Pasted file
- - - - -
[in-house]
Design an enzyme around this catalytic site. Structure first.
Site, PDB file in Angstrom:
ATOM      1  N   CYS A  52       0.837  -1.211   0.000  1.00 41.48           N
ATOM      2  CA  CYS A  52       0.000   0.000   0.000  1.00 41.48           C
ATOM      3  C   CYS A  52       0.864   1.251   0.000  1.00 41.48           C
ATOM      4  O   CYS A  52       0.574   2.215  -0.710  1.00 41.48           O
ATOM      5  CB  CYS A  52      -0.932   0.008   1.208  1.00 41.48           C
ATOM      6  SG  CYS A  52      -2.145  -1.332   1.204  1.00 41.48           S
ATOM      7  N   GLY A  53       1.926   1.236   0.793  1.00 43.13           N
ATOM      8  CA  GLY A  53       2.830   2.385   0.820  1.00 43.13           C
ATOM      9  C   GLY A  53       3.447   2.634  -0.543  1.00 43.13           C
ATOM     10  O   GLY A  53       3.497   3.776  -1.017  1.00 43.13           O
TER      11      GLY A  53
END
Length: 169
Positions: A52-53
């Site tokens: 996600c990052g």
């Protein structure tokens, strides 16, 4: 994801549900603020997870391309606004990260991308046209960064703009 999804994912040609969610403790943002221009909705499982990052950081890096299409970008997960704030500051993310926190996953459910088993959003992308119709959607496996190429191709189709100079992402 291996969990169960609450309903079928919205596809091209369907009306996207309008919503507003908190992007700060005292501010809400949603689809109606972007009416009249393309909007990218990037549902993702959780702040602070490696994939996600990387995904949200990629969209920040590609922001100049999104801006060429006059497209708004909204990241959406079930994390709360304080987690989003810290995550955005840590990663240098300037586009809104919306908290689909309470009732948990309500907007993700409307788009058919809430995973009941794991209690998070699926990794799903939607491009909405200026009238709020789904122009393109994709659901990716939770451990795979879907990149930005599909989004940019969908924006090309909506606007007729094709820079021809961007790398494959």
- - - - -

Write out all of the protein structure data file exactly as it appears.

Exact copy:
[in-house]
Design an enzyme around this catalytic site. Structure first.
Site, PDB file in Angstrom:
ATOM      1  N   CYS A  52       0.837  -1.211   0.000  1.00 41.48           N
ATOM      2  CA  CYS A  52       0.000   0.000   0.000  1.00 41.48           C
ATOM      3  C   CYS A  52       0.864   1.251   0.000  1.00 41.48           C
ATOM      4  O   CYS A  52       0.574   2.215  -0.710  1.00 41.48           O
ATOM      5  CB  CYS A  52      -0.932   0.008   1.208  1.00 41.48           C
ATOM      6  SG  CYS A  52      -2.145  -1.332   1.204  1.00 41.48           S
ATOM      7  N   GLY A  53       1.926   1.236   0.793  1.00 43.13           N
ATOM      8  CA  GLY A  53       2.830   2.385   0.820  1.00 43.13           C
ATOM      9  C   GLY A  53       3.447   2.634  -0.543  1.00 43.13           C
ATOM     10  O   GLY A  53       3.497   3.776  -1.017  1.00 43.13           O
TER      11      GLY A  53
END
Length: 169
Positions: A52-53
């Site tokens: 996600c990052g």
């Protein structure tokens, strides 16, 4: 994801549900603020997870391309606004990260991308046209960064703009 999804994912040609969610403790943002221009909705499982990052950081890096299409970008997960704030500051993310926190996953459910088993959003992308119709959607496996190429191709189709100079992402 291996969990169960609450309903079928919205596809091209369907009306996207309008919503507003908190992007700060005292501010809400949603689809109606972007009416009249393309909007990218990037549902993702959780702040602070490696994939996600990387995904949200990629969209920040590609922001100049999104801006060429006059497209708004909204990241959406079930994390709360304080987690989003810290995550955005840590990663240098300037586009809104919306908290689909309470009732948990309500907007993700409307788009058919809430995973009941794991209690998070699926990794799903939607491009909405200026009238709020789904122009393109994709659901990716939770451990795979879907990149930005599909989004940019969908924006090309909506606007007729094709820079021809961007790398494959």